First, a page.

Posted originally on the Archive of Our Own at

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Archive Warning:
No Archive Warnings Apply
F/M, Gen
Hatchetfield Universe - Team StarKid
tom houston & becky barnes & tim houston & hannah foster & lex foster, Becky Barnes/Tom Houston
Tom Houston, Becky Barnes (Black Friday), Tim Houston, Hannah Foster, Lex Foster
Additional Tags:
Not Canon Compliant, Alternate Universe - Everyone Lives/Nobody Dies, Musical: Black Friday, Fluff, Domestic Fluff, Morning Routines, Families of Choice, Breakfast, Family Bonding, tom as government mandated grumpy old man, sibling dynamics, Slice of Life, Attempt at Humor, implied autistic tom houston, i think
Part 1 of 100 ways to say i love you, Part 1 of anatomy of a hug (barneston-foster au)
Published: 2023-11-04 Words: 2,096 Chapters: 1/1



It's not that Tom Houston hates mornings.




heyyyyy ...... slides back in with my barneston + tim + foster sisters family dynamics ....... they make me so autistic ngl . you probably should expect more to come


Tom Houston harbors a specific dislike for mornings. It’s not that he’s too tired to function, or the approaching day with screaming, pissy teenagers in the workshop, someone always having energy drinks on the counter despite him telling every class he has that it's a rule they're not allowed to ever break, the fact that he has to leave his warm bed and trudge the thirteen rug steps down to the kitchen.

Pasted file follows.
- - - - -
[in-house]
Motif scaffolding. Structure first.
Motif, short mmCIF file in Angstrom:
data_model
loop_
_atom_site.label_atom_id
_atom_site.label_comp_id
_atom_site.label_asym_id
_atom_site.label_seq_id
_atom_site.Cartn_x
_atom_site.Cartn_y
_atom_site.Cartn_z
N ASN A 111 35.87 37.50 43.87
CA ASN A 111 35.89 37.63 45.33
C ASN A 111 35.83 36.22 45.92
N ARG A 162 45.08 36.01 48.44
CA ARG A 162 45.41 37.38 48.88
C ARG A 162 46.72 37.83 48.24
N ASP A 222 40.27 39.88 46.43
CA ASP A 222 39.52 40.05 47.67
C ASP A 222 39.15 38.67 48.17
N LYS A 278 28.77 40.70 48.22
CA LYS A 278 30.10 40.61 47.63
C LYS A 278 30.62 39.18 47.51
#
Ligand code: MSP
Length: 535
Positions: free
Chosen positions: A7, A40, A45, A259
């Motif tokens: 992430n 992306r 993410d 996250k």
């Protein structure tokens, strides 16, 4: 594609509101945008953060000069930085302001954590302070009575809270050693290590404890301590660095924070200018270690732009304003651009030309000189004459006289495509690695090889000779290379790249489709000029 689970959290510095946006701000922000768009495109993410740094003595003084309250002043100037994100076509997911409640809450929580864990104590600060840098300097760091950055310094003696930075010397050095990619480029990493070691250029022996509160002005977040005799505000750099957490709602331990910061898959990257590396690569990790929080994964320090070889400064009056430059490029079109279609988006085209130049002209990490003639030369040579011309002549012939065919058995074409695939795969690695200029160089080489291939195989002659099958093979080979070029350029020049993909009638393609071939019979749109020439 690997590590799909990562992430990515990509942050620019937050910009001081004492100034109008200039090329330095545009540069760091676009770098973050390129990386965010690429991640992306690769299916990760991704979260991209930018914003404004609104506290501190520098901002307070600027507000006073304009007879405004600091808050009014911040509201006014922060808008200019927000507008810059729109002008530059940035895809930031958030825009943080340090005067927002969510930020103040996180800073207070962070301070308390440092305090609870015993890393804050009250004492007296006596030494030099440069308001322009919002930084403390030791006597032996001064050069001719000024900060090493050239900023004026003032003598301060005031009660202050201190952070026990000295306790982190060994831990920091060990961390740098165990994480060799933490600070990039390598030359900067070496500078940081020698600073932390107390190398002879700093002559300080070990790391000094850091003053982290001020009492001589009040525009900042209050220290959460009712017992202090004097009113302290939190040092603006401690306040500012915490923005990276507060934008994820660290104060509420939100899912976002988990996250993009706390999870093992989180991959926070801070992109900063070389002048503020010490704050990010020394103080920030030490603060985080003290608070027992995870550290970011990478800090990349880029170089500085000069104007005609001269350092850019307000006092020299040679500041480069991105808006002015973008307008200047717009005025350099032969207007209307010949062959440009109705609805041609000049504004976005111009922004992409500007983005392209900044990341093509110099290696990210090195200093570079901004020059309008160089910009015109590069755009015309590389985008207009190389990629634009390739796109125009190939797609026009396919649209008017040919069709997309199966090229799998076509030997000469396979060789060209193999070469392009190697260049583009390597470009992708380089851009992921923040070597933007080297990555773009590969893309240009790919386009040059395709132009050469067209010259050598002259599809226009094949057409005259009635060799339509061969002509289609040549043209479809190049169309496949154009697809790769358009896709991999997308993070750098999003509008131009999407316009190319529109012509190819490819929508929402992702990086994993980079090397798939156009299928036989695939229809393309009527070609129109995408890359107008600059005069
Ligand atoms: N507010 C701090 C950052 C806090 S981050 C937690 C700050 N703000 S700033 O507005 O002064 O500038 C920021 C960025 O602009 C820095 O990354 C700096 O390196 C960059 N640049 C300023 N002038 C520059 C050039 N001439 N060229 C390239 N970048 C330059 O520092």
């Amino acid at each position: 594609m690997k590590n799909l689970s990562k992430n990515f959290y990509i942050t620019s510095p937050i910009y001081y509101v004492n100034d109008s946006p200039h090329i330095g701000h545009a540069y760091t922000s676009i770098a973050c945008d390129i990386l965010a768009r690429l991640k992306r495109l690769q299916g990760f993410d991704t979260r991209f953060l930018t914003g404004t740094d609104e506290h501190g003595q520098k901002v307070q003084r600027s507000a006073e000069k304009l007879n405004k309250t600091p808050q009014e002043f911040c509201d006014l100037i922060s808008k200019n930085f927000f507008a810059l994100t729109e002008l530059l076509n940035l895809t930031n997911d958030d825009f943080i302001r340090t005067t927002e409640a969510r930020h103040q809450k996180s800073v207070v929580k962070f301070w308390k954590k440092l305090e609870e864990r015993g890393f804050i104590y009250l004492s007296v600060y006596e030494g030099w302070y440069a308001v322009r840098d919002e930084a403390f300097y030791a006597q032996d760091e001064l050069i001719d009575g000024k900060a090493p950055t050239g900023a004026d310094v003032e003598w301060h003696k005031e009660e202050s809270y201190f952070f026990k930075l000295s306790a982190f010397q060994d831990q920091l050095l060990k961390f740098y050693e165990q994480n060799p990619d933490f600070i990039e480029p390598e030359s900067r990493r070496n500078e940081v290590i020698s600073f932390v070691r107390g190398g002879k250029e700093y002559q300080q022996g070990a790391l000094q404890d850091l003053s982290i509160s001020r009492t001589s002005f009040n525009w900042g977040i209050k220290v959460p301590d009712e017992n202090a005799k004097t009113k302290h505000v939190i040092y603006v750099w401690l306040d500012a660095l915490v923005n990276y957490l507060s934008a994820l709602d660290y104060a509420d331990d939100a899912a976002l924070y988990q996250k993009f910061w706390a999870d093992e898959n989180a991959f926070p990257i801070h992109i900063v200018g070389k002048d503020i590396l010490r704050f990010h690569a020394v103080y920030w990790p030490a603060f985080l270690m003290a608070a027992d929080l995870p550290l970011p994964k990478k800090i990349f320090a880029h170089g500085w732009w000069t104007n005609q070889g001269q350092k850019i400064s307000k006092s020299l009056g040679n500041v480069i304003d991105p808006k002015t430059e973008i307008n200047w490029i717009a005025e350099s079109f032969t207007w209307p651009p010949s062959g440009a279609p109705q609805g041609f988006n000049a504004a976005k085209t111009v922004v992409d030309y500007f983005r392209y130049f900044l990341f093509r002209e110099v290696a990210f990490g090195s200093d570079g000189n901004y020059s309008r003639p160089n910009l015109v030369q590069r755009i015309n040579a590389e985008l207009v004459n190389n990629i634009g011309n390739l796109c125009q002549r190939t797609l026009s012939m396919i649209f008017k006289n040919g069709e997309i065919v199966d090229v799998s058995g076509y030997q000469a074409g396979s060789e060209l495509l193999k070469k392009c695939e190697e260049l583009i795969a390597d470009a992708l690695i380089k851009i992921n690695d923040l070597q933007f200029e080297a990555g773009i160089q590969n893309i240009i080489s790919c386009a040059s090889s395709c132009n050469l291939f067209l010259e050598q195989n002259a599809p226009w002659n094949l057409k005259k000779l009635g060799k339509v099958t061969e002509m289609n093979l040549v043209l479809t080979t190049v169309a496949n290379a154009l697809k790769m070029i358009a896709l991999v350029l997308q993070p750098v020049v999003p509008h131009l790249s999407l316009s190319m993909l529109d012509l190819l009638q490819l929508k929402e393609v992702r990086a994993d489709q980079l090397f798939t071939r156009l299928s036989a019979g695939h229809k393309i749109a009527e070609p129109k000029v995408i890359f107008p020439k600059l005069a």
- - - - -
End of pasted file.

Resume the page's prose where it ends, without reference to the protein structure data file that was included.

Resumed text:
No, none of that. In fact, he even likes early mornings and the specific chill. He likes getting into the shower in early summer, when there’s still work to go to, and he’s sticky because Jane of course chose their bedroom to be right next to the boiler and the room is unbearably hot. He likes taking pictures of especially pretty sunsets, or waking up earlier to finish grading some assignments. He likes seeing Becky roll in their sheets, searching blindly for her phone to turn off the alarm and seeing her stumble to the bathroom to put her contacts in.

Sometimes, he wakes up earlier and just soaks it all in. How happy he is. How good everything turned out to be, in its' place. Weirdly, in these calm moments this seems to be the life he was supposed to lead from the start.

Tom Houston doesn’t hate mornings.

It’s the unavoidable chaos he hates.

Tom Houston despises chaos. He has his own routine in the classroom that doesn’t change. He eats lunch at the same time. He has everything lined up nicely, in a way that makes sense, and if everyone went along with his good routine, maybe he wouldn’t despise mornings since college times.

Every morning, without fail, there’s chaos reigning in every crevice of their house. It sneaks in and reigns, like some kind of a despotic king, watching them scramble for their lives. Especially now, when there’s Becky living with them and Lex and Hannah sleeping over more often than not, there’s less space and more people than ever. People running, yelling, something burning in the kitchen, the coffee express screaming like it’s being skinned alive, toaster popping every ten seconds, someone bumping into chairs, tables and others, their neighbors’ car alarm going off, the kids fighting over who gets inside the toilet next.